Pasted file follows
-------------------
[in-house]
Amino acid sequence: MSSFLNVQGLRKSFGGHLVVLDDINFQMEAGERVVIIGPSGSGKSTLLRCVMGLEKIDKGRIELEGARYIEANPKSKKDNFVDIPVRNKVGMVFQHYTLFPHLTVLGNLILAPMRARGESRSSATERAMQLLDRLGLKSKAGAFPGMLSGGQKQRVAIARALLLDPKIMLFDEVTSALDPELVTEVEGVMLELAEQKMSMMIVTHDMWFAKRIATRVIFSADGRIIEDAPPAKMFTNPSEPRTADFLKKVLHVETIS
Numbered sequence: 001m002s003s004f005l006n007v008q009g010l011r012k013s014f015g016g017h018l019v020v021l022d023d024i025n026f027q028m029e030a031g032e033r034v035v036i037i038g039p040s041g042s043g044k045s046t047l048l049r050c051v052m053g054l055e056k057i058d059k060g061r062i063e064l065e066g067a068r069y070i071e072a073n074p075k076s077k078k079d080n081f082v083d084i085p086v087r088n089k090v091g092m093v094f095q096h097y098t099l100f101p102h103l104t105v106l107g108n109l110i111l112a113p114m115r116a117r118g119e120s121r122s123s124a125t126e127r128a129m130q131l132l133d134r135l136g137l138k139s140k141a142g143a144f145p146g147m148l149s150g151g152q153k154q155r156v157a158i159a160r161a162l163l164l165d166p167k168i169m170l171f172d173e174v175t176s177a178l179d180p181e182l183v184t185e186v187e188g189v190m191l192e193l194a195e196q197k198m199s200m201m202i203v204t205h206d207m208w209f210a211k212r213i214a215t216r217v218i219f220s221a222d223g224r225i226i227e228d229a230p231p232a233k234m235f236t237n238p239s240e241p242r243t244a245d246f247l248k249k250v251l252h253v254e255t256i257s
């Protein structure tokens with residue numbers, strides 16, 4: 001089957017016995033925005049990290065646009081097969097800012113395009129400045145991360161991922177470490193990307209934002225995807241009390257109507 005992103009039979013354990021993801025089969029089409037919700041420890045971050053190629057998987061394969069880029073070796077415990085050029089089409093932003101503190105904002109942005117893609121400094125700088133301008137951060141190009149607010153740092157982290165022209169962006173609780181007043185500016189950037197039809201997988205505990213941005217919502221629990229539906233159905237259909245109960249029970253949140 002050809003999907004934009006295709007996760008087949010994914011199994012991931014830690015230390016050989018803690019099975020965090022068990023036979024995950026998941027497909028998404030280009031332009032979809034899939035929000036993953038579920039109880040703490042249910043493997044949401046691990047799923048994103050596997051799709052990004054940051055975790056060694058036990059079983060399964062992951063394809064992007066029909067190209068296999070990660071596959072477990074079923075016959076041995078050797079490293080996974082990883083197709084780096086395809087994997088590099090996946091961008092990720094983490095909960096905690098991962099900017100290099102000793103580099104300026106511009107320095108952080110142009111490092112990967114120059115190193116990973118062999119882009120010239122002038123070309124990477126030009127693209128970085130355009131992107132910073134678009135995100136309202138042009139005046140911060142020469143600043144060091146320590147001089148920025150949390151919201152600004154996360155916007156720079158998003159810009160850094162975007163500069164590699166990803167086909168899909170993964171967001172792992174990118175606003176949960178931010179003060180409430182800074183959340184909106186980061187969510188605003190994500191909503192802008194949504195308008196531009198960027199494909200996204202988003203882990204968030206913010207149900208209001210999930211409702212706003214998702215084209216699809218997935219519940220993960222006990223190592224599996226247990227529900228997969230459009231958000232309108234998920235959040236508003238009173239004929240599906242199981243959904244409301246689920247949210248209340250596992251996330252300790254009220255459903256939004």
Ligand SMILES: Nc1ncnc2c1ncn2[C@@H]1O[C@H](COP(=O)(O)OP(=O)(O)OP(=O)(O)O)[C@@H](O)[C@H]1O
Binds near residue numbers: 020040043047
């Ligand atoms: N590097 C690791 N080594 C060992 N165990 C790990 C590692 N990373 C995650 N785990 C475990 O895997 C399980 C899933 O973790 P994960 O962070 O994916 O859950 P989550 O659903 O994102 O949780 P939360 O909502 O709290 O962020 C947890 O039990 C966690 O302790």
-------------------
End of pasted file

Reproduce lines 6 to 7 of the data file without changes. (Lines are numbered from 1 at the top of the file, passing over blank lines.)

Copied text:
Binds near residue numbers: 020040043047
């Ligand atoms: N590097 C690791 N080594 C060992 N165990 C790990 C590692 N990373 C995650 N785990 C475990 O895997 C399980 C899933 O973790 P994960 O962070 O994916 O859950 P989550 O659903 O994102 O949780 P939360 O909502 O709290 O962020 C947890 O039990 C966690 O302790």